Then they decided to gamble with the public’s money that was invested in stocks, pension funds as derivatives and hedge funds. This was possible with the deregulation of financial institutions and laws that once protected the public.
Still, not good enough, we can make our companies even more profitable by shipping American and European jobs to developing countries where the cost would be a fraction of the wages we pay to those greedy (and sometimes unionized) workers back home. And, we don’t have to be bothered with those pesky environmental or safety regulations.
In the meantime, to gain control of petroleum resources, to create an increased political/economic sphere of influence and to provide extra profits for our defense industry, we can instigate wars in oil rich regions of the world. Just a win-win situation, all around.
Then, when everything crashed, people were surprised. How did this happen? Yet, for centuries, these tendencies have been recognized as destructive to individuals and to society. However, those entities and individuals caught in the vortex of greed and wealth have always ignored the past and its consequences.
In opposition to the destructive and unsustainable economy which had been established by the plutocracy (termed the One Percent), worldwide grassroots movements such as Occupy Movement (of which the Arab Spring is a variant and directly linked) and the Progressive Movement in the U.S have emerged.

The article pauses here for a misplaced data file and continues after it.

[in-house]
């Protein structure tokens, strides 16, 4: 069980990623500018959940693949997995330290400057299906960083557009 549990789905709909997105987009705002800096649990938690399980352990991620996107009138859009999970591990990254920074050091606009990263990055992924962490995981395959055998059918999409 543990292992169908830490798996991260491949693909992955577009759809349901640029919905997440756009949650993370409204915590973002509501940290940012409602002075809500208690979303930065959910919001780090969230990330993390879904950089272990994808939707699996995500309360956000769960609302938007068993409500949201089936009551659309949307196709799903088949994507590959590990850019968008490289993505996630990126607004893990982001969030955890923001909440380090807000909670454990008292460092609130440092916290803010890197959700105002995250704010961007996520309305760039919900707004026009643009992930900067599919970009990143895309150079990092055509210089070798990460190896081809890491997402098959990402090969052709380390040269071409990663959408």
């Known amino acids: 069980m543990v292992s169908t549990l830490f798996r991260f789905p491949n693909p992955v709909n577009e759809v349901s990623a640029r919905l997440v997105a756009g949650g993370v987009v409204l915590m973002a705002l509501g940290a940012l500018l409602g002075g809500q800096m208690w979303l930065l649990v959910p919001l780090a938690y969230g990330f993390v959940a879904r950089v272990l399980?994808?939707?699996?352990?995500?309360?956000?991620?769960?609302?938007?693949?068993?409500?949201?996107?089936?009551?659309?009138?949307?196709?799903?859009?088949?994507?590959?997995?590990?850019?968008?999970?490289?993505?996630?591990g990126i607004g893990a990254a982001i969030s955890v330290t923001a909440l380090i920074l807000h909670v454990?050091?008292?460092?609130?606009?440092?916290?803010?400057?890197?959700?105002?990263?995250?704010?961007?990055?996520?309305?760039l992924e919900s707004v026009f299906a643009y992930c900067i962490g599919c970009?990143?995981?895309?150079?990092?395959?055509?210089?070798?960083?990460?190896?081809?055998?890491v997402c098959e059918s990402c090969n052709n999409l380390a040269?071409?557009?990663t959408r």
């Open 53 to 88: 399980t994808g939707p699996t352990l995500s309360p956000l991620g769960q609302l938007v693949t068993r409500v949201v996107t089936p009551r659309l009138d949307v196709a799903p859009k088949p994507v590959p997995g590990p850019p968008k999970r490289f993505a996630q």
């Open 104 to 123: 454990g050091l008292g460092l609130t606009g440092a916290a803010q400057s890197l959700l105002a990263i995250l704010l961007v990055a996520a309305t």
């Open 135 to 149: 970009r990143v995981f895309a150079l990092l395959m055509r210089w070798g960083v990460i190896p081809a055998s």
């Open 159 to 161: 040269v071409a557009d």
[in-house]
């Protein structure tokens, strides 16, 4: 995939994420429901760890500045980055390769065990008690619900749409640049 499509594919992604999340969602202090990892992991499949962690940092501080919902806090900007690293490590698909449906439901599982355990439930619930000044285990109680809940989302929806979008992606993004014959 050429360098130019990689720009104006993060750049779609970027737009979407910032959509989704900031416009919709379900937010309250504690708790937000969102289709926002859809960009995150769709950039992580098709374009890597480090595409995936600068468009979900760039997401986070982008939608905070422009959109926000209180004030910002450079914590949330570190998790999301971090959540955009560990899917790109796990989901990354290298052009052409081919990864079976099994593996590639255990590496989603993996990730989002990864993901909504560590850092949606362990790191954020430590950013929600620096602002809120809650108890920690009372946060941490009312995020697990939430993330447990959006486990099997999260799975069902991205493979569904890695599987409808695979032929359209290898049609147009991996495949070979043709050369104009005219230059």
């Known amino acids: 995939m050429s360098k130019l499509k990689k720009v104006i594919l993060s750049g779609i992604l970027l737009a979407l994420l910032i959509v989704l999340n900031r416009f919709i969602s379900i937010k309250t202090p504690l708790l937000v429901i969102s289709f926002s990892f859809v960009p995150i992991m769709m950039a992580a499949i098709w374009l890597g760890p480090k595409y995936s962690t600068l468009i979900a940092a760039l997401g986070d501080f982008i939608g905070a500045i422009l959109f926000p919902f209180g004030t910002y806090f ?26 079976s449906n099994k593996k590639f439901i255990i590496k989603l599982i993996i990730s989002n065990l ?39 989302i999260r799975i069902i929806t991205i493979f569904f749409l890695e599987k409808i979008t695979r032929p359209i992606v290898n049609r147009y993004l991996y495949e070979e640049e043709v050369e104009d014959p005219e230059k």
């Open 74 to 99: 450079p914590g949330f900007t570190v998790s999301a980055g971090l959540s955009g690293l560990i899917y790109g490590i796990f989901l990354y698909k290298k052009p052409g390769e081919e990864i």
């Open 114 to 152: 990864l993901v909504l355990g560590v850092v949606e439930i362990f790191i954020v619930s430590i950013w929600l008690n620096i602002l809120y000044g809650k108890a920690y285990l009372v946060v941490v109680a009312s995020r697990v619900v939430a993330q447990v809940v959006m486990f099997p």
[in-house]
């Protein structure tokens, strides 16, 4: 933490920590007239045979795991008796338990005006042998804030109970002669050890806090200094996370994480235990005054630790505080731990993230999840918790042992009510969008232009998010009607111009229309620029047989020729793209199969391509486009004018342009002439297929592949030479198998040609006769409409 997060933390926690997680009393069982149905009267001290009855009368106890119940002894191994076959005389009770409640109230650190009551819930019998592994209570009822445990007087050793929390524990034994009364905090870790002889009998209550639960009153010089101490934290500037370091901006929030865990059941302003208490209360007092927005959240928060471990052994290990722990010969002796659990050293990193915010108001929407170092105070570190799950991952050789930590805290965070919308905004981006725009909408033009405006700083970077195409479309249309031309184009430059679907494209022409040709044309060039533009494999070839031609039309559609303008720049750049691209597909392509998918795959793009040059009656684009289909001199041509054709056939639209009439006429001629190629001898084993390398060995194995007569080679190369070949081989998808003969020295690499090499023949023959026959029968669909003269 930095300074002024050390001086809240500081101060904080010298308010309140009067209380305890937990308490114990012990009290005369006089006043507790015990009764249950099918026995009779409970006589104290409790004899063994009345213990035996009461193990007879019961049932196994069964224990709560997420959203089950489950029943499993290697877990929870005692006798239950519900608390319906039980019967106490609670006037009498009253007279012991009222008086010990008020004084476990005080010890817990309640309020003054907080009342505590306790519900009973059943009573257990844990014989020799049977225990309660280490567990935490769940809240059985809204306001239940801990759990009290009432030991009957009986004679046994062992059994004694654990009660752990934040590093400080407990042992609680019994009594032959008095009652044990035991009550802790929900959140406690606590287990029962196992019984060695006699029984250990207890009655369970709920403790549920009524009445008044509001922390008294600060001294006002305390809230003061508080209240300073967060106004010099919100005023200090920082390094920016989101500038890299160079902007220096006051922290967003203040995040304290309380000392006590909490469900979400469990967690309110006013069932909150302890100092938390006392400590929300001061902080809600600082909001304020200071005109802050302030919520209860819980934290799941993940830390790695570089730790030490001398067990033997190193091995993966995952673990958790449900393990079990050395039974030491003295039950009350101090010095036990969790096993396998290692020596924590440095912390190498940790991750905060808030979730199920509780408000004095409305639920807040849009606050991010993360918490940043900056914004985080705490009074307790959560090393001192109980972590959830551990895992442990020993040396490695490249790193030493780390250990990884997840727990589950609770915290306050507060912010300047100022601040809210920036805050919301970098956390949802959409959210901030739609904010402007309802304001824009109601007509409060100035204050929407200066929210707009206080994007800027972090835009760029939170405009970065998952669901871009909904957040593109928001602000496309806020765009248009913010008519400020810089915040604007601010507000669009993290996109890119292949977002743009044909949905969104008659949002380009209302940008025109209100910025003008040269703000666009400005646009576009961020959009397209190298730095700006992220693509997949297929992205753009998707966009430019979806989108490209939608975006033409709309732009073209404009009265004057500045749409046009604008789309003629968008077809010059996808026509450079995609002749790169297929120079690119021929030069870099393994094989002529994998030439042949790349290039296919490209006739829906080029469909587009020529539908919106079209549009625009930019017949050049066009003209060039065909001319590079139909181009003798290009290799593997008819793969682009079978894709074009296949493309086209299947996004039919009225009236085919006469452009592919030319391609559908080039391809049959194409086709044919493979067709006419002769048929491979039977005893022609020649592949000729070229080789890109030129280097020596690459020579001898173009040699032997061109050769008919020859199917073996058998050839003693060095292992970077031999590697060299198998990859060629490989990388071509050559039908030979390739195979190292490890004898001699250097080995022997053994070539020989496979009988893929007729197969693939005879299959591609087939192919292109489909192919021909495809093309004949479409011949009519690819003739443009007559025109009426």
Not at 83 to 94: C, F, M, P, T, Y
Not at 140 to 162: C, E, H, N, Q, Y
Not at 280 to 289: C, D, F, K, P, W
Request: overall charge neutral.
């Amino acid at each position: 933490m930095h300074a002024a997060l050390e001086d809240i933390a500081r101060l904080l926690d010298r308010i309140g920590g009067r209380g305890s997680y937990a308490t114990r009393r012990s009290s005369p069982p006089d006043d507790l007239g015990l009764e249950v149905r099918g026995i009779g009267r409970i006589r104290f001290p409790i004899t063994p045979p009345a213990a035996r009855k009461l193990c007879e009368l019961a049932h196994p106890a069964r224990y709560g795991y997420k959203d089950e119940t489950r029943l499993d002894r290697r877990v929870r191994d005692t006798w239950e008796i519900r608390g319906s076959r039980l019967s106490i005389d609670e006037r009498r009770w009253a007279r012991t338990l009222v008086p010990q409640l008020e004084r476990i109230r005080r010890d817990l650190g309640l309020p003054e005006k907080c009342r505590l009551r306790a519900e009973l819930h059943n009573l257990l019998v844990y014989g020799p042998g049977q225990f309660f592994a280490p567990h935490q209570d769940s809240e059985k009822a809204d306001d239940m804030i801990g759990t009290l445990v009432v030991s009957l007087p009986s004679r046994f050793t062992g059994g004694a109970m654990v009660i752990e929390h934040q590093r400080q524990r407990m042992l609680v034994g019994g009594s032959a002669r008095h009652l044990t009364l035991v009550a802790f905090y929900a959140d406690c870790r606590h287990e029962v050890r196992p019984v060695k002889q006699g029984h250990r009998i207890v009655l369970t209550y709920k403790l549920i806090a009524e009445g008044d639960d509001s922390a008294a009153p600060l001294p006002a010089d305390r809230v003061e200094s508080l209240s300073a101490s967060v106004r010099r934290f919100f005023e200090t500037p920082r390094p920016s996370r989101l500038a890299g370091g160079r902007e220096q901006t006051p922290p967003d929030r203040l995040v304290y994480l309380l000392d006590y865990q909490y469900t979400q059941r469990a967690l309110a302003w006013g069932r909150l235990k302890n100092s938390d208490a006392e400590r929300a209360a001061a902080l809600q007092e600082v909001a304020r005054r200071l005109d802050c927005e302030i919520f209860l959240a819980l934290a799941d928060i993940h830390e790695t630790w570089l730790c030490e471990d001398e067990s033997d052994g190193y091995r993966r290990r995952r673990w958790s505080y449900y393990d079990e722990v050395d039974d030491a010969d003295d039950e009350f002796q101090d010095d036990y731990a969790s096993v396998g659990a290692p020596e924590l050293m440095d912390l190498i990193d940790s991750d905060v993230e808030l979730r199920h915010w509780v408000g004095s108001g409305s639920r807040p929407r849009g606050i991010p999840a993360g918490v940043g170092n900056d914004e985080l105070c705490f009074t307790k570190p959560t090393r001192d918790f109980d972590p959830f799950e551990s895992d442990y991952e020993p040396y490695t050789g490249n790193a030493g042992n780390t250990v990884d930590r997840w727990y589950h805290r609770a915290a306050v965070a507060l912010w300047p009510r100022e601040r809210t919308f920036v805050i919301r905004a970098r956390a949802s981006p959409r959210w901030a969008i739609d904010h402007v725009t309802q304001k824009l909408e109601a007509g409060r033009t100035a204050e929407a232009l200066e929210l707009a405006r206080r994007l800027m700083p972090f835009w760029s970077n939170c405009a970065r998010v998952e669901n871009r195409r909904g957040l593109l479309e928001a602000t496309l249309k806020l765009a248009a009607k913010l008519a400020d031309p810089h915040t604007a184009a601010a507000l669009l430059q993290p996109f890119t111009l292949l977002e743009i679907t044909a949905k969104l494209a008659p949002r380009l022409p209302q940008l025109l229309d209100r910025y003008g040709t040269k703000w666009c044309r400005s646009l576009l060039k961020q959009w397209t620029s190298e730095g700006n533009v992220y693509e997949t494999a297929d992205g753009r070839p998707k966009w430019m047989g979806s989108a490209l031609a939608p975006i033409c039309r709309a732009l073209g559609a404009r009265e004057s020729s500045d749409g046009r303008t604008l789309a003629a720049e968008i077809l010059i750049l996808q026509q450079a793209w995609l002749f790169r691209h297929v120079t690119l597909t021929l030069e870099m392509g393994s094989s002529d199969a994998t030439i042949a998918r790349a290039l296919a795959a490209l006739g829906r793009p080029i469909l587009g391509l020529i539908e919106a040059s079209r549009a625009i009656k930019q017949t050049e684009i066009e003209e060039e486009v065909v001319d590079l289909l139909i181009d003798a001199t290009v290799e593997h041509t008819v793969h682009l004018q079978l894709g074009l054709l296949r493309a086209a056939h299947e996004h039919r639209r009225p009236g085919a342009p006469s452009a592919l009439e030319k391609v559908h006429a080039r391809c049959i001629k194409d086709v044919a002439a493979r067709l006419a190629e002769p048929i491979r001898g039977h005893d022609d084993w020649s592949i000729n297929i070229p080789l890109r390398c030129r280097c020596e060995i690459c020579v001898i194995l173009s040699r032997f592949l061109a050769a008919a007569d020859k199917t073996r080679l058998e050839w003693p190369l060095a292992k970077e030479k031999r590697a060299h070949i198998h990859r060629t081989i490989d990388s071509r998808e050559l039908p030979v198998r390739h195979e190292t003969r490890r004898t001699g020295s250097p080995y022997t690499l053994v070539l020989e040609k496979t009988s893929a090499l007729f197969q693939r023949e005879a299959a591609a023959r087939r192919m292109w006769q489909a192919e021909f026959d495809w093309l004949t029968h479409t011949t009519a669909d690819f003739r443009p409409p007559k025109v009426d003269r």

The people who are opposing any change and bankrolling propaganda from well-funded Think Tanks and political campaigns, are the same people that brought us this crisis. They hijacked the GOP through Tea Party to support their aims. They used the well-worn populist tactic of using fear and religion as their major weapon. Fear of immigrants, loss of traditional values (same-sex marriage/equality), governmental tyranny (gun control, Affordable Health Care Act.)
Yet, those that created the problem are still in denial that the problem is not deficits, currency issues, productivity or the scaling back of welfare states, and globalization, but income inequality, tax revenue depletion, deregulated financial markets and corporations and the subsequent swirling chaos that was induced by them.
At the recent Davos World Economic Forum annual meeting in January 2013, there was recognition of the growing income disparity and its potential to cause further economic and political damage. A grim future is framed within the classic one of demographic change, with a decreasing labor force and increasing elderly population.
In a risk report of the Forum, it is stated that “a society that continues to sow the seeds of dystopia – by failing to manage aging populations, youth unemployment, rising inequalities and fiscal imbalances – can expect greater social unrest and instability in the years to come.”
While the bold statement recognizes the danger of income inequality, it is also a denial that the very elite who were attending this meeting are part of the cause of the inequality. Furthermore, it sublimates that the solution must be a decrease of their incomes, both corporation and individual in form of better wages and/or higher taxes from them to create more higher-paying; particularly for the youth.
By deconstructing the past events, it becomes clear what has to be done. But, this is the topic for another article focusing on the question: How do we get out of this economic mess?
Image Credit: www.katu.com